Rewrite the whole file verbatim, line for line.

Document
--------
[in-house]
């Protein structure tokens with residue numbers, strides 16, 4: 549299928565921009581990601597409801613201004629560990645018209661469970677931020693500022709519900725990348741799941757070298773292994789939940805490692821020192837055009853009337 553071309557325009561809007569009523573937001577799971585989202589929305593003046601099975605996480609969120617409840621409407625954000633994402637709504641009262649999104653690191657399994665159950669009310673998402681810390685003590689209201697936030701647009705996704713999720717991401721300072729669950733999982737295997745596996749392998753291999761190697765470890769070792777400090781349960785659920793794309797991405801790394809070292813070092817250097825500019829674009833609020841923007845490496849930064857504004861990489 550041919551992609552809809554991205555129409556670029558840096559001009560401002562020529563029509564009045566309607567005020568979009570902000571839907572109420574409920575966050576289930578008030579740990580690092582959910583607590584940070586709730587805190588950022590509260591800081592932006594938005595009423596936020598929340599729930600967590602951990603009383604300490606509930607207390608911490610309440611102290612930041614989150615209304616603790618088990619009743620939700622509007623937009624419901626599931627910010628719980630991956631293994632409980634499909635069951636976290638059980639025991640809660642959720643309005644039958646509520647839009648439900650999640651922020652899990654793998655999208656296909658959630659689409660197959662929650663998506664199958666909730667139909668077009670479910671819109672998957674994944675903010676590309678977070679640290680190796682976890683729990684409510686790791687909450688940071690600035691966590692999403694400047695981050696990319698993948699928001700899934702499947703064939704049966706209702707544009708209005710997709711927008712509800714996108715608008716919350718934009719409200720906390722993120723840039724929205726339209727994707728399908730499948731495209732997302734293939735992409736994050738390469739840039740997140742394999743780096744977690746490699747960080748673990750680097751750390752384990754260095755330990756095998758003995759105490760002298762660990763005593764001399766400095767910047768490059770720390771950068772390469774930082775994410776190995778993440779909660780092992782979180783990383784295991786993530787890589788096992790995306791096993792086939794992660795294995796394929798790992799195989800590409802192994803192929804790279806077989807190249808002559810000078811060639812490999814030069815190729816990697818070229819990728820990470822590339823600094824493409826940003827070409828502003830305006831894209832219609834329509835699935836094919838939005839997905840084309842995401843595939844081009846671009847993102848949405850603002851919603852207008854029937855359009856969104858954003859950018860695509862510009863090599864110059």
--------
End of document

[in-house]
């Protein structure tokens with residue numbers, strides 16, 4: 549299928565921009581990601597409801613201004629560990645018209661469970677931020693500022709519900725990348741799941757070298773292994789939940805490692821020192837055009853009337 553071309557325009561809007569009523573937001577799971585989202589929305593003046601099975605996480609969120617409840621409407625954000633994402637709504641009262649999104653690191657399994665159950669009310673998402681810390685003590689209201697936030701647009705996704713999720717991401721300072729669950733999982737295997745596996749392998753291999761190697765470890769070792777400090781349960785659920793794309797991405801790394809070292813070092817250097825500019829674009833609020841923007845490496849930064857504004861990489 550041919551992609552809809554991205555129409556670029558840096559001009560401002562020529563029509564009045566309607567005020568979009570902000571839907572109420574409920575966050576289930578008030579740990580690092582959910583607590584940070586709730587805190588950022590509260591800081592932006594938005595009423596936020598929340599729930600967590602951990603009383604300490606509930607207390608911490610309440611102290612930041614989150615209304616603790618088990619009743620939700622509007623937009624419901626599931627910010628719980630991956631293994632409980634499909635069951636976290638059980639025991640809660642959720643309005644039958646509520647839009648439900650999640651922020652899990654793998655999208656296909658959630659689409660197959662929650663998506664199958666909730667139909668077009670479910671819109672998957674994944675903010676590309678977070679640290680190796682976890683729990684409510686790791687909450688940071690600035691966590692999403694400047695981050696990319698993948699928001700899934702499947703064939704049966706209702707544009708209005710997709711927008712509800714996108715608008716919350718934009719409200720906390722993120723840039724929205726339209727994707728399908730499948731495209732997302734293939735992409736994050738390469739840039740997140742394999743780096744977690746490699747960080748673990750680097751750390752384990754260095755330990756095998758003995759105490760002298762660990763005593764001399766400095767910047768490059770720390771950068772390469774930082775994410776190995778993440779909660780092992782979180783990383784295991786993530787890589788096992790995306791096993792086939794992660795294995796394929798790992799195989800590409802192994803192929804790279806077989807190249808002559810000078811060639812490999814030069815190729816990697818070229819990728820990470822590339823600094824493409826940003827070409828502003830305006831894209832219609834329509835699935836094919838939005839997905840084309842995401843595939844081009846671009847993102848949405850603002851919603852207008854029937855359009856969104858954003859950018860695509862510009863090599864110059």